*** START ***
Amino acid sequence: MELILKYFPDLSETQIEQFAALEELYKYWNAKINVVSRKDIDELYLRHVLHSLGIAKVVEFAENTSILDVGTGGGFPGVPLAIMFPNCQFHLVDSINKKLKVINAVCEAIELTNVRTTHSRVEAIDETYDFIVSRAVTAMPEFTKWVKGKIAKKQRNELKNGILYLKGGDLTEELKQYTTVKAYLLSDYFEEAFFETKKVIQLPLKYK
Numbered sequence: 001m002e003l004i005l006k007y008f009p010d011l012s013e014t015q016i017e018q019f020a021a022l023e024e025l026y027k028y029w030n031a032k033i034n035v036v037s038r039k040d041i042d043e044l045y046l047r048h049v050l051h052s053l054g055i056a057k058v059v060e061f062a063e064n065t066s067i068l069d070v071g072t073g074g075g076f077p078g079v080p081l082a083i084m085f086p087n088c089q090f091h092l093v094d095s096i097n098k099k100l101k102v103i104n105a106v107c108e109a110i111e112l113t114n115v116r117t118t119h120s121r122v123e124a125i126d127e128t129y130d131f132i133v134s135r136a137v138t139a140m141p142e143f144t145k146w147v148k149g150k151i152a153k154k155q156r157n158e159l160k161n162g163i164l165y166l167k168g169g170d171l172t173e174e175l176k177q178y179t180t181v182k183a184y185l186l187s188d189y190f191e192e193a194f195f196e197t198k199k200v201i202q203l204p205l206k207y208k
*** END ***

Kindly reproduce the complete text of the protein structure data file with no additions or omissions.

Amino acid sequence: MELILKYFPDLSETQIEQFAALEELYKYWNAKINVVSRKDIDELYLRHVLHSLGIAKVVEFAENTSILDVGTGGGFPGVPLAIMFPNCQFHLVDSINKKLKVINAVCEAIELTNVRTTHSRVEAIDETYDFIVSRAVTAMPEFTKWVKGKIAKKQRNELKNGILYLKGGDLTEELKQYTTVKAYLLSDYFEEAFFETKKVIQLPLKYK
Numbered sequence: 001m002e003l004i005l006k007y008f009p010d011l012s013e014t015q016i017e018q019f020a021a022l023e024e025l026y027k028y029w030n031a032k033i034n035v036v037s038r039k040d041i042d043e044l045y046l047r048h049v050l051h052s053l054g055i056a057k058v059v060e061f062a063e064n065t066s067i068l069d070v071g072t073g074g075g076f077p078g079v080p081l082a083i084m085f086p087n088c089q090f091h092l093v094d095s096i097n098k099k100l101k102v103i104n105a106v107c108e109a110i111e112l113t114n115v116r117t118t119h120s121r122v123e124a125i126d127e128t129y130d131f132i133v134s135r136a137v138t139a140m141p142e143f144t145k146w147v148k149g150k151i152a153k154k155q156r157n158e159l160k161n162g163i164l165y166l167k168g169g170d171l172t173e174e175l176k177q178y179t180t181v182k183a184y185l186l187s188d189y190f191e192e193a194f195f196e197t198k199k200v201i202q203l204p205l206k207y208k